Richard Branson has intrigued me for years. Not for his knack for getting publicity but because he makes the world better. He cares. He enters established markets (e.g., music, airlines, mobile phones) and makes them more competitive. And more fun.
We look for opportunities where we can offer something better, fresher, and more valuable, and we seize them. We often move into areas where the customer has traditionally received a poor deal, and where the competition is complacent. --- Richard Branson
I expected to see Branson live at the 2007 Real Estate and Wealth Expo (see lessons learned), alongside Tony Robbins and Donald Trump. We were duped (probably by the organizers). Branson appeared on screen from his island home in a presentation that looked prerecorded. Even so, he commanded our attention.
When Old Is New
If I have not read a book before, it is, for all intents and purposes, new to me whether it was printed yesterday or three hundred years ago. --- William HazlittAutobiographies let us learn from people we'll (likely) never meet. Losing My Virginity is hardly new. It was published in 1999 and runs chronologically. I listened to the audiobook, which Branson narrates. You can get a newer print edition if you prefer reading.
Frankly, I didn't know much about Branson since I live a low noise life. I assumed he went smoothly from success to success, starting with Virgin Music. Hardly. He faced many obstacles and could have easily lost his businesses many times since the 1960s. When facing a hurdle, he usually made risky moves and won.
I was especially surprised to learn
- the role of the unknown Mike Oldfield
- private businesses have outside masters too
The success of Mike Oldfield's debut Tubular Bells --- the first record released by Virgin --- kept the company going for years. Oldfield recorded at The Manor when the studio was not rented out to other musicians. Virgin rented most of the 20+ instruments used. Branson writes:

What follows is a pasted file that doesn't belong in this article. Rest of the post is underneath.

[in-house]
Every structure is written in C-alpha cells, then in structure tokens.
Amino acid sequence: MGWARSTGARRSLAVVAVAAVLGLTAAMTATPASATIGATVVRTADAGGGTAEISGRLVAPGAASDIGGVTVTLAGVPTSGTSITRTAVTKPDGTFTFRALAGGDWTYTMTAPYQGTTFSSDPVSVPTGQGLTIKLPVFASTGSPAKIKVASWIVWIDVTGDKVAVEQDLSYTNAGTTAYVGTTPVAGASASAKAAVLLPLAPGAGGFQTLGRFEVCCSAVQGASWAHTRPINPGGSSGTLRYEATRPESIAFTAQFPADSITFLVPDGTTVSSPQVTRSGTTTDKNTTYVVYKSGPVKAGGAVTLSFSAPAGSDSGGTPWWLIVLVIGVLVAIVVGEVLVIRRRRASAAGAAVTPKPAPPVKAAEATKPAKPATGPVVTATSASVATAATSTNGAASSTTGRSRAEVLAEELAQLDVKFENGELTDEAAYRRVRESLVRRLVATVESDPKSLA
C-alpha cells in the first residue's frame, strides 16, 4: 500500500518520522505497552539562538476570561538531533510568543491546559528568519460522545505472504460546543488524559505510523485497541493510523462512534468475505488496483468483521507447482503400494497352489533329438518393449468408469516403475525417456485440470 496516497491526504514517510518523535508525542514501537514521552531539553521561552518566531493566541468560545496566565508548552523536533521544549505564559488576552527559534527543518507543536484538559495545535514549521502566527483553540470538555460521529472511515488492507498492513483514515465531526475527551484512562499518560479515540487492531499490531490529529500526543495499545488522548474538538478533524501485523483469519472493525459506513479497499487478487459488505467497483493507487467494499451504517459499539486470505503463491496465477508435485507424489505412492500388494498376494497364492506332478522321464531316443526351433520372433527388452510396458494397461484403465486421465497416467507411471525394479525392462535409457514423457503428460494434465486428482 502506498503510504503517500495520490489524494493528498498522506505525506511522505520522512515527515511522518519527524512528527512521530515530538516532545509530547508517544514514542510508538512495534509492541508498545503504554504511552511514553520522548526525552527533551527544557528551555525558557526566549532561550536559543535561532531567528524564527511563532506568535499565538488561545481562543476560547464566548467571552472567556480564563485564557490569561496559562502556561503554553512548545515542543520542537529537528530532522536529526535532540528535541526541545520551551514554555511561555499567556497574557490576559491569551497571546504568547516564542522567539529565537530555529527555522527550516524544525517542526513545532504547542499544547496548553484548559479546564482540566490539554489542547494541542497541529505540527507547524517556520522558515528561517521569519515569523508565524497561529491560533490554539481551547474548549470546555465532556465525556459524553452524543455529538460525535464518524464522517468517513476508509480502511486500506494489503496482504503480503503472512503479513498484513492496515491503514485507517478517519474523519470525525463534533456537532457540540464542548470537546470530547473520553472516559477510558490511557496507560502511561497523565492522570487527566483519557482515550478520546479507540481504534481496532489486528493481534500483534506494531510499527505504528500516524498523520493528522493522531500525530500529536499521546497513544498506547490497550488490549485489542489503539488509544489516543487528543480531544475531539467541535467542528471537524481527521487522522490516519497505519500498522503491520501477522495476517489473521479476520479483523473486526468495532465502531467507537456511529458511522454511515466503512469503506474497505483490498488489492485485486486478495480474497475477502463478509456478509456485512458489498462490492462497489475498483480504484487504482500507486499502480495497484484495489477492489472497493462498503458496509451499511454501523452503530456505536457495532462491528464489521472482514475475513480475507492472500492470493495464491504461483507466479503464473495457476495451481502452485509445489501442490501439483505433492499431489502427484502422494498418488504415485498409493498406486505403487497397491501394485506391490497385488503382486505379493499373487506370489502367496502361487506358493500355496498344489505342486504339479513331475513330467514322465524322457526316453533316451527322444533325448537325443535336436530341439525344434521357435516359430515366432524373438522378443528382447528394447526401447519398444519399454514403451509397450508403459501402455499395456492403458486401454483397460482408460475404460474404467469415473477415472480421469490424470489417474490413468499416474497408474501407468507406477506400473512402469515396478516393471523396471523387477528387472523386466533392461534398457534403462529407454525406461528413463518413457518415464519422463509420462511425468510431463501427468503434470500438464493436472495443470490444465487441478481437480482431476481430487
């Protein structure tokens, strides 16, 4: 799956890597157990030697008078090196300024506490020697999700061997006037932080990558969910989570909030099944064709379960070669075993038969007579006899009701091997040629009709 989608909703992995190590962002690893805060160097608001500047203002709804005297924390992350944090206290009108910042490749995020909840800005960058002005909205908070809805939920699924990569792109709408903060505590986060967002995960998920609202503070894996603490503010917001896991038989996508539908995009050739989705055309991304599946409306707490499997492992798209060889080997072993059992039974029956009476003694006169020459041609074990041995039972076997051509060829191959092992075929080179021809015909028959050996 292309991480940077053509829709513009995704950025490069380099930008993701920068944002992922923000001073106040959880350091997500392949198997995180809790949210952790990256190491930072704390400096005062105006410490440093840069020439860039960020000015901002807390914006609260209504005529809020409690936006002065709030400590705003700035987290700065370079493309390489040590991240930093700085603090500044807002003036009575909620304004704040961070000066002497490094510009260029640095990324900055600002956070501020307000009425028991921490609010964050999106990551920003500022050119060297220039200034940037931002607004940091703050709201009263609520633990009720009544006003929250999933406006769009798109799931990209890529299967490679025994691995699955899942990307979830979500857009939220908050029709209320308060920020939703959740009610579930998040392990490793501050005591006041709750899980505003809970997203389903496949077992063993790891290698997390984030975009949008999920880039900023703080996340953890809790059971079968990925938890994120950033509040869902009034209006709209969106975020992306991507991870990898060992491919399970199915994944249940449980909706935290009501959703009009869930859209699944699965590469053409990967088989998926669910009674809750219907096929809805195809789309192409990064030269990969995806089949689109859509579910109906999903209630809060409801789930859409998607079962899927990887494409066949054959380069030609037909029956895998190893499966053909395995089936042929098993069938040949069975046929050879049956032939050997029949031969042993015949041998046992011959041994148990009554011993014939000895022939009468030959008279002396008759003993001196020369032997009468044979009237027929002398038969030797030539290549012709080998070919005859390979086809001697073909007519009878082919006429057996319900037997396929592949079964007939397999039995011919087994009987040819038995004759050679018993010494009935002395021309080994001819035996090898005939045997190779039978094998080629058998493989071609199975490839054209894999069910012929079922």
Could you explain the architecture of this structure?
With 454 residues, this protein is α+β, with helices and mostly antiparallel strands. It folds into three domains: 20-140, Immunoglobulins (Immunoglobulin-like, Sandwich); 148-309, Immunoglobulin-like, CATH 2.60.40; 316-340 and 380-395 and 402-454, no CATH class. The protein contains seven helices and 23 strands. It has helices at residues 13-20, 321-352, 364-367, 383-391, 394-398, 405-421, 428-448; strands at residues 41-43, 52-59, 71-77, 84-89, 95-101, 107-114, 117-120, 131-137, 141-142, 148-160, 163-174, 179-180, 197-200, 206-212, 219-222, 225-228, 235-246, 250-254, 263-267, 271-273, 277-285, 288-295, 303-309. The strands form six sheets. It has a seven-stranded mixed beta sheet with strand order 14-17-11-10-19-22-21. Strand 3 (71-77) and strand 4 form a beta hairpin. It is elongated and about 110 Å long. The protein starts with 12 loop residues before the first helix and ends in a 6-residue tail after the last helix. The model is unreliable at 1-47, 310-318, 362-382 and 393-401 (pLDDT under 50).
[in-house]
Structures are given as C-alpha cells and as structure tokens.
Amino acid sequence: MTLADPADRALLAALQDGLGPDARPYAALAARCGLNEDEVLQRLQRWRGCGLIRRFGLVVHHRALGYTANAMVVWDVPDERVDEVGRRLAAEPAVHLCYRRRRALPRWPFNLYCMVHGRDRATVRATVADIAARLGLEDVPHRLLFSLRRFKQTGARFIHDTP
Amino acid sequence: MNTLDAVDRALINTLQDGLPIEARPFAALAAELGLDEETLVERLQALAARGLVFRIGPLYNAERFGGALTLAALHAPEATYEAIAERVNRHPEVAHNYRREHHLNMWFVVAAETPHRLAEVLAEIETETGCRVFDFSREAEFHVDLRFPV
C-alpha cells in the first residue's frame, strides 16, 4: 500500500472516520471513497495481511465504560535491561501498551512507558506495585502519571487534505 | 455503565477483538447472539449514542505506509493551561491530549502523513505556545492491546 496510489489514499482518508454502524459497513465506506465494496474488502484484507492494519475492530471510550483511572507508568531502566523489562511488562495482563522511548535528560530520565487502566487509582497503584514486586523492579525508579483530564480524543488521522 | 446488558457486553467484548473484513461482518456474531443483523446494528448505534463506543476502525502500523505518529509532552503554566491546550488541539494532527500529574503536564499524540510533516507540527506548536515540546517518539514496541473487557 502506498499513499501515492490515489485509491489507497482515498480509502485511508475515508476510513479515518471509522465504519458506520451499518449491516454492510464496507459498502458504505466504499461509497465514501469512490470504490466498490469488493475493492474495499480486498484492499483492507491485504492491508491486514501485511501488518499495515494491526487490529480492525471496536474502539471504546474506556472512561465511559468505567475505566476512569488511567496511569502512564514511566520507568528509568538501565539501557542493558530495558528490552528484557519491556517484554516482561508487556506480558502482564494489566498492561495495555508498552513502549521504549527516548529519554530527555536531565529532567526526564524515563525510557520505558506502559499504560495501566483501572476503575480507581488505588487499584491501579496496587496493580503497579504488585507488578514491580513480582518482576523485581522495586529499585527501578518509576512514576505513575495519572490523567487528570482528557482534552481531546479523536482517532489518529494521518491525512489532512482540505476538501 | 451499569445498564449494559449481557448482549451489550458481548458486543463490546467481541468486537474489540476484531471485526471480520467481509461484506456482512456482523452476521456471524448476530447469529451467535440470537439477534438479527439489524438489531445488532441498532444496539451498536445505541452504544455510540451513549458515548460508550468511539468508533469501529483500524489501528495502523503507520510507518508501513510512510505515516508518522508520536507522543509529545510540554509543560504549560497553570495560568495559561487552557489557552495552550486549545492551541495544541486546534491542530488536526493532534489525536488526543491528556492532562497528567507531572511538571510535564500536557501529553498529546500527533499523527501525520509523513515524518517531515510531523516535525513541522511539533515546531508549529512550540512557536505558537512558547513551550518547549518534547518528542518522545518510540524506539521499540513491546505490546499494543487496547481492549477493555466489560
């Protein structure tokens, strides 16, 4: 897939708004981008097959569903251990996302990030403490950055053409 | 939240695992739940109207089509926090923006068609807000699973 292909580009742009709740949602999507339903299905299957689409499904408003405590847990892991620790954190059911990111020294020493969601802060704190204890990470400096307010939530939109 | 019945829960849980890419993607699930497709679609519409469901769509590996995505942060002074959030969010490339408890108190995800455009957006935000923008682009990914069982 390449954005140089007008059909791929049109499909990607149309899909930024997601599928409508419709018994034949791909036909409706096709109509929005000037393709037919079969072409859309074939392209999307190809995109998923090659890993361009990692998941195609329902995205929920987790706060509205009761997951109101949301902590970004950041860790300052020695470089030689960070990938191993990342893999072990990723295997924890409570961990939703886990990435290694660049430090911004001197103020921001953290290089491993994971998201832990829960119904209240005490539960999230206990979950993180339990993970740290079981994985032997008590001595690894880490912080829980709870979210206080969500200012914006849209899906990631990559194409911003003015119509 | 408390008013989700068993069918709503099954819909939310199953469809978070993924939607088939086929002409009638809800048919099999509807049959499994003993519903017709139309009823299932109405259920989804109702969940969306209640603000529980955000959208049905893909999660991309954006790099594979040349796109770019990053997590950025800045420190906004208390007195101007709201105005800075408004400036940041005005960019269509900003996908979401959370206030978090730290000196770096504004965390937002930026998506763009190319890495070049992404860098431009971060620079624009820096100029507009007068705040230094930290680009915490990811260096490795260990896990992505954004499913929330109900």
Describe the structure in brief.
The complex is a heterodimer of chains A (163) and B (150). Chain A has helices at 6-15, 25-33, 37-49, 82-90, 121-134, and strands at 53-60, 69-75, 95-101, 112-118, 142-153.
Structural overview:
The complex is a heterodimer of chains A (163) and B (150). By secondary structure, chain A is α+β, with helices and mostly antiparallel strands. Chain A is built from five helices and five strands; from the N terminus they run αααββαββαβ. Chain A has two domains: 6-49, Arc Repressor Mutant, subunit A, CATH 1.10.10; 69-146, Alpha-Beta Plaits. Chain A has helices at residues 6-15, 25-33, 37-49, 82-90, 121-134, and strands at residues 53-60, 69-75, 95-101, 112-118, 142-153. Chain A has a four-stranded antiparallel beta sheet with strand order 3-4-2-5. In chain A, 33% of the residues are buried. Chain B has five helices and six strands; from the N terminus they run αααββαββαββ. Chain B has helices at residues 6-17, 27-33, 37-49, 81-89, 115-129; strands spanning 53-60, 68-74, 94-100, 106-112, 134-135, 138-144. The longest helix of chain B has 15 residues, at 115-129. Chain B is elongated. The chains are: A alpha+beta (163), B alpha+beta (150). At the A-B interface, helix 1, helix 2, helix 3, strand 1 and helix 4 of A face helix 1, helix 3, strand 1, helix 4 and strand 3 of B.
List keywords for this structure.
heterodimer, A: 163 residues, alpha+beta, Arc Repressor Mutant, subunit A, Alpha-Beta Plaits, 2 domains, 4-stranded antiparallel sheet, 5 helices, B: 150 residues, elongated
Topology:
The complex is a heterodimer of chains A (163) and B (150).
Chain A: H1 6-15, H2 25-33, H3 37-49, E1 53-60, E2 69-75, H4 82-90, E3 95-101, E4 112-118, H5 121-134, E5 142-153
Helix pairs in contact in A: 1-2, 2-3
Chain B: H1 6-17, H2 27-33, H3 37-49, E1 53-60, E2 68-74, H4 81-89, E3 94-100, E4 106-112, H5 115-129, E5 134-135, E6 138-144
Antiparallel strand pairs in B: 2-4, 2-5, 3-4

I set about finding all these instruments: the acoustic guitar cost £35, the Spanish guitar £25, the Fender amplifier was £45, the mandolin £15, and the triangle was a bargain at £1. The tubular bells cost £20. £20 for tubular bells??They were. The record set records. The profits were reinvested, primarily in finding and supporting new recording artists.
I said, "They'd better be worth it."
Fortunately we're not a public company - we're a private group of companies, and I can do what I want. --- Richard BransonPublic companies tend to focus on short term goals, which can hurt the long term prospects. Virgin went from private to public to raise capital. Then from public to private to act fast (no need for board approval) and experiment more (e.g., starting the Virgin Atlantic airline).
Becoming private again still meant scrutiny. This time from banks. To grow, Virgin invested heavily and used borrowed money. This gave the banks influence over what Virgin could do and how long they could continue. Cash flow becomes very, very, very important.
There are numerous examples of challenges with the banks. Virgin was not well understood by lenders or stock markets.
Confucius on Wisdom
By three methods we may learn wisdom: First, by reflection, which is noblest; Second, by imitation, which is easiest; and third by experience, which is the bitterest. --- ConfuciusWhile others may imitate, Richard Branson learned by experience and reflection. In his autobiography, he candidly shares what he went through. This leaves us richer --- though not quite billionaires.